A Walk Through the Virginia Avenue Music Fest


For the last five days, the Fountain Square neighborhood of Indianapolis has been occupied with stages, food trucks, and crowds of happy music lovers. Unfortunately, I wasn’t able to make it there for most of the festival, but I did get the chance to head down on Saturday evening.

An Evening of Music, Art, and Community

The atmosphere on Virginia Avenue was electric. Local art vendors lined the street selling crafts and antiques to curious passing attendees, while throngs of happy hipsters nursed plastic cups of frothing beer. From the end of the street, you could hear the faint buzz of strumming guitars.

The buzz of music from the main stage grew louder as I made my way toward the heart of the festival. To my left, a tall, thin man continued to produce giant balloon after giant balloon to the delight of a few watching families. To my right, couples and groups of friends lounged on the curb, kicking back after a long day of walking in the now-setting sun.

An assortment of food and beer trucks were located at the VAMF food court on the corner of Virginia and Woodlawn. There, a number of local Fountain Square restaurants sold food to lines of hungry customers. A Flat 12 Bierwerks truck kept a moderate line, which didn’t seem to shorten at any point throughout the evening.

Main Stage: Allison Victoria

By the time I made my way to the main stage, Allison Victoria was coming to the last few songs of her act. She was just finishing up a lo-fi jazz song, and soon moved on to a Lauryn Hill cover of “I Get Out”. Her backing band consisted of a guitarist, keyboardist, and drummer.

While the songs that Allison Victoria played all came from a different style, the one common factor they all had was soul. Victoria’s vocals are raw and poignant, and often maintain a certain kind of grittiness that was especially refreshing behind some of her more jazzy tunes.

After the band played their last song, the crowd began to cheer for an encore. Victoria addressed the crowd, “We wanted to end with a bang, but okay.” After consulting with her band for a moment she turned back to the crowd, “How about a love song?” and launched into it without any hesitation.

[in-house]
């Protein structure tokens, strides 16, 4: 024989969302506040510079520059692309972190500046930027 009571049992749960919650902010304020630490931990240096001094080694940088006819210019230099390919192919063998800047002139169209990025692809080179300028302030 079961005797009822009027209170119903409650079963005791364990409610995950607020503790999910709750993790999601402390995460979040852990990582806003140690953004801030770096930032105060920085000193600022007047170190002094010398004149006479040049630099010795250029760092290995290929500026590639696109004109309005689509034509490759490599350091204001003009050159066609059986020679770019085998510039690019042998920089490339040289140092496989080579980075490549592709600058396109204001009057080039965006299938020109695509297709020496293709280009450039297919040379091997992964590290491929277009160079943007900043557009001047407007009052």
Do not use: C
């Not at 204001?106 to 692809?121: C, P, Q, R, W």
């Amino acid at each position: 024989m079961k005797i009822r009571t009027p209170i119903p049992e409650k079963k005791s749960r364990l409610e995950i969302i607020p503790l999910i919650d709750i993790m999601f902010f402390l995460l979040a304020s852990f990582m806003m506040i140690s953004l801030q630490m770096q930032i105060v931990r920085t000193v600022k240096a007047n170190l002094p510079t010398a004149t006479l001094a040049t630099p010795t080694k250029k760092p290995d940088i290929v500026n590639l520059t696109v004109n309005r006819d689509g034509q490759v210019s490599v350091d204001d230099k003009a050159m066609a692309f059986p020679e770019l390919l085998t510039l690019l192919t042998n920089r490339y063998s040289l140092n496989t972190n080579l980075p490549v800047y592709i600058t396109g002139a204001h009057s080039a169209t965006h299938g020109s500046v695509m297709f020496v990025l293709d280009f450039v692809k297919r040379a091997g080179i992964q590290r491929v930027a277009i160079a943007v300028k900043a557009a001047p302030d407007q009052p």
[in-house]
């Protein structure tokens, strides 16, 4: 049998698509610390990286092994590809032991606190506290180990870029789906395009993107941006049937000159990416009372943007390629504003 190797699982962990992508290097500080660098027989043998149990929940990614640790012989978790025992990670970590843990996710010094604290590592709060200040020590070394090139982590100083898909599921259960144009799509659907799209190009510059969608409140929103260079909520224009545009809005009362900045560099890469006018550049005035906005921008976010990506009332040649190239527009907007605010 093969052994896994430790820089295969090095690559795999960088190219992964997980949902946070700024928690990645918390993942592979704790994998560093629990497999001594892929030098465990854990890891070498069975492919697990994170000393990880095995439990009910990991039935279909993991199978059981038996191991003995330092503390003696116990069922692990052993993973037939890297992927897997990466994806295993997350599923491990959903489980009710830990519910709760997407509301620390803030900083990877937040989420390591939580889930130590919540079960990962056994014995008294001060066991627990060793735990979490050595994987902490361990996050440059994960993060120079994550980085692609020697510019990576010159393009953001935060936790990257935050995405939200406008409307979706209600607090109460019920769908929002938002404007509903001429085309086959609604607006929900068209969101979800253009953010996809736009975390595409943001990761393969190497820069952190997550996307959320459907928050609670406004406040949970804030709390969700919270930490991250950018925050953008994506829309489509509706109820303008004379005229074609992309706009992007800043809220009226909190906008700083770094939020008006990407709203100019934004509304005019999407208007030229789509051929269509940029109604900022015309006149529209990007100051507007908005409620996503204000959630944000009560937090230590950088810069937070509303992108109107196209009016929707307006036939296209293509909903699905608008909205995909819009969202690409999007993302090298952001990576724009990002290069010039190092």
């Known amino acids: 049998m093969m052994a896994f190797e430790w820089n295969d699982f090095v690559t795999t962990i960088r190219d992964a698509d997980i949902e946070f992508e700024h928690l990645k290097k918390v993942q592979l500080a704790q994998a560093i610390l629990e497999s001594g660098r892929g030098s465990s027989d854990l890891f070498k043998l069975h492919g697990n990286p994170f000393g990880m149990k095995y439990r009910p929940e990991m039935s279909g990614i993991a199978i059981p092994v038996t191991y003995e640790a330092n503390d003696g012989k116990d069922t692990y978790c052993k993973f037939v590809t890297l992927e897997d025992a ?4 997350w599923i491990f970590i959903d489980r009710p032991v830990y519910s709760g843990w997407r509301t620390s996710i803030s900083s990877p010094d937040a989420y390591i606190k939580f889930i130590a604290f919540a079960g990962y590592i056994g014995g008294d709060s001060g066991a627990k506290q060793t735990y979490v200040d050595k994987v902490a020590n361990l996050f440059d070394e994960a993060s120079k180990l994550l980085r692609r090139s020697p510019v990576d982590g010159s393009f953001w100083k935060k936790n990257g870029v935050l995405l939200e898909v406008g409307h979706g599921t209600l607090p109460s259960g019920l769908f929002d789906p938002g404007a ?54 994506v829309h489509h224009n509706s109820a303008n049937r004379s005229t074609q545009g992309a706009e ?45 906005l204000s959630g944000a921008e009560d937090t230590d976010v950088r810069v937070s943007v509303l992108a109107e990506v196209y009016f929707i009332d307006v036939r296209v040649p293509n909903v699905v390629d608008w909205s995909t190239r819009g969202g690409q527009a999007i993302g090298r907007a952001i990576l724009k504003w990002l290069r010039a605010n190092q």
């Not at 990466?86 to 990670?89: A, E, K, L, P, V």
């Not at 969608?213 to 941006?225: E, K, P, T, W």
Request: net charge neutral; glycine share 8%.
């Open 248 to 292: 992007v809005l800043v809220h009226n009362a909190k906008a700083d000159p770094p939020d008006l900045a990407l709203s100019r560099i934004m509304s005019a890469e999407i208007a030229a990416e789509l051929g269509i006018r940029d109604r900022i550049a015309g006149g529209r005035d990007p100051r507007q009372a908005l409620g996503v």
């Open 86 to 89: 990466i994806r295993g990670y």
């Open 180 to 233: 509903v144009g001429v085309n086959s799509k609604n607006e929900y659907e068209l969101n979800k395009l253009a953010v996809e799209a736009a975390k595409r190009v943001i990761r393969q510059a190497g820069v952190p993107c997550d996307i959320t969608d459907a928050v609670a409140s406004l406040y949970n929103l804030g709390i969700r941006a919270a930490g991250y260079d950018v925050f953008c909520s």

Square Cat Vinyl: The Inventors

After the relaxing and soulful performance of Allison Victoria, I walked around the corner and into Square Cat Vinyl, where The Inventors were already playing. The change in genre was immediately evident. Before I even set foot in the door I could hear the power chords and rhythmic bass. This wasn’t a soft and easy-going group. This was pure, unadulterated rock.

The Inventors are a four piece rock band from Chicago that draws from a wide variety of influences, but sticks mainly inside the lines of rock. The song they were playing when I walked in was a catchy, feel-good, poppy tune played with a lot of energy. The small crowd inside Square Cat was packed in like sardines between shelves of records, tapping their feet and nodding their heads to the beat.

The inventors’ next song was “The Message”, a slower piece that gradually built its energy. While their progressions weren’t necessarily the most original, they do a good job of working within each song’s structure, and make them all feel unique through the use of specific tones and effects.

After a few more songs, The Inventors ended with a Bowie cover, much to the audience’s pleasure.

Main Stage: Esso Afrojam Funkbeat

By the time The Inventors finished at Square Cat, another band was already playing on the main stage. I admit that I was compelled to make my way over just from hearing what the driving beat reverberating through the air. I was hearing music made for dancing, and couldn’t resist.

Esso Afrojam Funkbeat is a six member multicultural band that specializes in high energy, infectiously funky grooves that are nearly impossible to listen to without succumbing to their rhythm. Their songs are uniquely inspired fusions of Afro-Latin compositions and jams. Listeners nearest to the stage were smiling, swaying, and moving to the beat.

As the last act on the main stage for the night, Esso Afrojam Funkbeat hit the perfect notes to end on.

The Pioneer: Bedforms

Although the main stage had finished for the night, the music was far from over. At 10:00 at The Pioneer, Bedforms was taking the stage, and ushering everyone into the night with guitar-soaked psychedelia and poppy hooks.

I’ll admit that by this time, I was pretty tired, and even with the pulsing keys and ethereal vocals of Bedforms, I had to admit defeat and head in for the night. I’m not saying by any means that Bedforms put me to sleep. But their name may have been tugging at my subconscious, and reminding me of how tired my feet were.

While I left before Bedforms finished their act, I still made sure to remember their name, as you should too.


Overall, my experience walking through the Virginia Avenue Music Fest was beyond pleasant. I had a great time, and it was clear that so did everyone else who attended. If the festival wasn’t on your radar this year, I feel sorry for you, as there were a lot of great acts you missed. On the other hand, you can take some solace in the fact that many, if not all of them, will return to play in Fountain Square once more.

And if you see any of the above acts coming into town again, do yourself a favor and check them out. You won’t be disappointed.




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